Living area inside an apartment at One Waterline Square; photo by Evan Joseph
When rental units at the Waterline Square development on the Upper West Side hit the market last fall it was clear that the price tags reflected the starchitect lineup involved with its design: The trio of glassy towers was designed by Richard Meier & Partners (One Waterline Square), Kohn Pedersen Fox (Two Waterline Square), and Rafael Viñoly (Three Waterline Square), with Hill West Architects serving as executive architect for the master plan. Located on Riverside Boulevard between 59th and 61st Streets, the complex holds 868 rental units (in addition to 263 condos), which start at $3,938/month for a studio and go up to $15,000/month for a four-bedroom. If you’re curious about what those pricey rentals look like inside, here’s a look at three model homes in each of the towers.
Photo of Lantern House on 1/3/20 by CityRealty
Related Companies has released new renderings of the residential interiors in Thomas Heatherwick’s Lantern House condo development on the High Line. The quirky towers—one is ten stories tall and the other rises to 22 stories—flank the High Line at 18th Street and stand out with their billowing glass walls that reinterpret “the modern bay window.”
Check out the renderings
Listing images by Evan Joseph; courtesy of Compass
This Sutton Place duplex co-op is a corner unit on the 37th of 47 floors so it boasts sweeping views of the Midtown skyline and East River in every room. The five-bedroom, five-and-a-half bathroom residence spans over 6,300 square feet in the Emery Roth-designed tower at 425 East 58th Street, also known as The Sovereign. It’s now on the market for $7,995,000, with a minimum 50 percent down payment required.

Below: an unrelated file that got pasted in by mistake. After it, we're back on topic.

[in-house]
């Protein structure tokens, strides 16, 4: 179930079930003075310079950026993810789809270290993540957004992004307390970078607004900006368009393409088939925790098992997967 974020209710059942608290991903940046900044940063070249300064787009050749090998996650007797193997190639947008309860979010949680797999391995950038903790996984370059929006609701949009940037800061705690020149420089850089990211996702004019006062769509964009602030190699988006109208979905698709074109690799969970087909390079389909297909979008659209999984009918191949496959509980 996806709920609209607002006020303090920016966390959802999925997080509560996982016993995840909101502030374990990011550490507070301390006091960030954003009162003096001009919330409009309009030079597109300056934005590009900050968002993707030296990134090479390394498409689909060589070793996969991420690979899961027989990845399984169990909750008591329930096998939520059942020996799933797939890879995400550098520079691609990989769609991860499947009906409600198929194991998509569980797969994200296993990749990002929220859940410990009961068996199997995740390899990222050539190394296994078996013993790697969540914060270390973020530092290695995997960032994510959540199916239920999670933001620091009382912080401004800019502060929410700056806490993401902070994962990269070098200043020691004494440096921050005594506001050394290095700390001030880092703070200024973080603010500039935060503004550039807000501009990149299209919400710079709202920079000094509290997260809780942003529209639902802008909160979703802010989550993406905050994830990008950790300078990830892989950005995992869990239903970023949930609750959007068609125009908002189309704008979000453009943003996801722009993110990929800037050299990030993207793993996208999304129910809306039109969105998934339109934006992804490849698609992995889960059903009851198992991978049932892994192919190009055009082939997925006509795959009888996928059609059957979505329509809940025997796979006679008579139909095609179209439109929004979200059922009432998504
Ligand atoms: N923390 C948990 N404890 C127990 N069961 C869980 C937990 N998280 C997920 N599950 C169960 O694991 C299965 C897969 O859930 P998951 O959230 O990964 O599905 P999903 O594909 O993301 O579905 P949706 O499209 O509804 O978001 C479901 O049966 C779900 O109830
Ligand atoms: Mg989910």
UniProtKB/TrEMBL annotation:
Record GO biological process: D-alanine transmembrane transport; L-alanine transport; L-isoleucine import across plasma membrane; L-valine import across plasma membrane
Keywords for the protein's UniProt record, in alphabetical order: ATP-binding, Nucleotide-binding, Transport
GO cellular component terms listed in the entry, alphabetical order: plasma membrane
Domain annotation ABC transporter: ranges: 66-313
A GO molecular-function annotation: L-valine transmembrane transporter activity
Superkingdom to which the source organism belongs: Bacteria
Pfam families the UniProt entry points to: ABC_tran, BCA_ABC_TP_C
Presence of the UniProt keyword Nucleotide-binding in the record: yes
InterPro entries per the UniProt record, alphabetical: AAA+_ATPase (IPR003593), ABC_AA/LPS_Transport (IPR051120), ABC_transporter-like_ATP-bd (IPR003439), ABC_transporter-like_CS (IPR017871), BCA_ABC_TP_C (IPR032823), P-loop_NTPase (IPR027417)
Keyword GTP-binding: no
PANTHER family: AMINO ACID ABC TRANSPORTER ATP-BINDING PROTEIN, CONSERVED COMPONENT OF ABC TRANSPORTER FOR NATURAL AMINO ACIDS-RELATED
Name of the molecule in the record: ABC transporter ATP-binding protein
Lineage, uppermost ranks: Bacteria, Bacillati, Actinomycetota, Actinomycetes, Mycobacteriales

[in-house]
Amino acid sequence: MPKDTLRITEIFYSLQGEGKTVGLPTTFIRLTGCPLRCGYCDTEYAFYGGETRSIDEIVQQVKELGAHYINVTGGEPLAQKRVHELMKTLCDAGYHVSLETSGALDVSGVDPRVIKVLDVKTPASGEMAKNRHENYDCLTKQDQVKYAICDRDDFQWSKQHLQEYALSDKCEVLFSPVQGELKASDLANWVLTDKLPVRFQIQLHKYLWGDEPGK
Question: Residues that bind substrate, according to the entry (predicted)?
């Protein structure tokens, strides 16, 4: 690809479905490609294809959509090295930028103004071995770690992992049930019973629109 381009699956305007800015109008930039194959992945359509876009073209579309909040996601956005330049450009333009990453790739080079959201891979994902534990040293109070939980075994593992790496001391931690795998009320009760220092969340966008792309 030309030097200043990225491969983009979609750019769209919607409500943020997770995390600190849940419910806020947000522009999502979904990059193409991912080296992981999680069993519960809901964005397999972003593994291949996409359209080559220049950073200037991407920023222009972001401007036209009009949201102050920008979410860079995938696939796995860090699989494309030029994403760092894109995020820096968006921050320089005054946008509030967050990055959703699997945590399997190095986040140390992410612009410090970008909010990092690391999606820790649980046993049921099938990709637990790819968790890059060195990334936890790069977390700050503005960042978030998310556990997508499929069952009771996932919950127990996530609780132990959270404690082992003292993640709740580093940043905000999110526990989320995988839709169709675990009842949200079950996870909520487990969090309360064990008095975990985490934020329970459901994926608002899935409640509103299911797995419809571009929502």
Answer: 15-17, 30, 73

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Photo via Pexels
So maybe you don’t have room for a Norway spruce big enough to rival Rockefeller Center’s. Maybe you don’t even have a chimney from which to hang stockings with care. Or maybe holiday decorating seems a little old fashioned–which might be just what you’re looking for. The good thing about the season is that adding sparkle doesn’t take up a lot of space. The choices are nearly endless; what you choose should reflect nothing so much as your own personal style. From classic to retro to contemporary to some more out-of-the-box picks, here are some ideas for small-space holiday decorating.
What’s your holiday decorating style?
The home of Suzanne Lipschutz, owner of antiques store Secondhand Rose. All Images by Colin Miller; courtesy of The Monacelli Press
Despite ongoing legal conflicts and stalled plans to convert the storied structure into a luxury hotel, the Chelsea Hotel remains one of the city’s legendary landmarks. Hotel Chelsea: Living in the Last Bohemian Haven, a new book published last month by The Monacelli Press, documents the homes of nearly two dozen current residents (there are about 50-60 remaining residents in total) who still embody the bohemian spirit of the Gilded Era hotel that was once home to seminal figures like Jackson Pollock, Andy Warhol, Patti Smith, William S. Burroughs, and Thomas Wolfe.
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Our series “My sqft” checks out the homes of New Yorkers across all the boroughs. Our latest interior adventure brings us to the Soho loft and eponymous shop of designer Michele Varian. Want to see your home featured here? Get in touch!